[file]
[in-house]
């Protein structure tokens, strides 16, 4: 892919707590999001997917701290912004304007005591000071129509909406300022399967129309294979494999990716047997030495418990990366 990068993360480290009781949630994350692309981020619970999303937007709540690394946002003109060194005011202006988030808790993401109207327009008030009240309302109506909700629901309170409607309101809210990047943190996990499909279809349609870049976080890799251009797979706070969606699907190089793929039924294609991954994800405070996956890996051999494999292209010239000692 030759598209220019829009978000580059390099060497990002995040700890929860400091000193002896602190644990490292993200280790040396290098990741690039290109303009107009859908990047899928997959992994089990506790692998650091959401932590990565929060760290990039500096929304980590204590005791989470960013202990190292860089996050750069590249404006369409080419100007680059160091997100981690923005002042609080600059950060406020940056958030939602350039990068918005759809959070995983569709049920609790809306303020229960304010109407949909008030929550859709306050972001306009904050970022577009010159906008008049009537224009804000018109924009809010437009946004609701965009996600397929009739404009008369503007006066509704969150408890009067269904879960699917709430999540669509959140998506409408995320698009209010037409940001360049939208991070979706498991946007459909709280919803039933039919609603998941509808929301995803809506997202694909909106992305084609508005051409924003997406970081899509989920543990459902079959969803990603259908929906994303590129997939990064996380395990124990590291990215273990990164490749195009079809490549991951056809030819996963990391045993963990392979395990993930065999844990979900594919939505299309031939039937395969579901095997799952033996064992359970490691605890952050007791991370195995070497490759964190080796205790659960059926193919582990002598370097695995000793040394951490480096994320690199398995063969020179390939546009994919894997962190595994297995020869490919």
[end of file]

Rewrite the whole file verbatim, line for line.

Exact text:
[in-house]
């Protein structure tokens, strides 16, 4: 892919707590999001997917701290912004304007005591000071129509909406300022399967129309294979494999990716047997030495418990990366 990068993360480290009781949630994350692309981020619970999303937007709540690394946002003109060194005011202006988030808790993401109207327009008030009240309302109506909700629901309170409607309101809210990047943190996990499909279809349609870049976080890799251009797979706070969606699907190089793929039924294609991954994800405070996956890996051999494999292209010239000692 030759598209220019829009978000580059390099060497990002995040700890929860400091000193002896602190644990490292993200280790040396290098990741690039290109303009107009859908990047899928997959992994089990506790692998650091959401932590990565929060760290990039500096929304980590204590005791989470960013202990190292860089996050750069590249404006369409080419100007680059160091997100981690923005002042609080600059950060406020940056958030939602350039990068918005759809959070995983569709049920609790809306303020229960304010109407949909008030929550859709306050972001306009904050970022577009010159906008008049009537224009804000018109924009809010437009946004609701965009996600397929009739404009008369503007006066509704969150408890009067269904879960699917709430999540669509959140998506409408995320698009209010037409940001360049939208991070979706498991946007459909709280919803039933039919609603998941509808929301995803809506997202694909909106992305084609508005051409924003997406970081899509989920543990459902079959969803990603259908929906994303590129997939990064996380395990124990590291990215273990990164490749195009079809490549991951056809030819996963990391045993963990392979395990993930065999844990979900594919939505299309031939039937395969579901095997799952033996064992359970490691605890952050007791991370195995070497490759964190080796205790659960059926193919582990002598370097695995000793040394951490480096994320690199398995063969020179390939546009994919894997962190595994297995020869490919």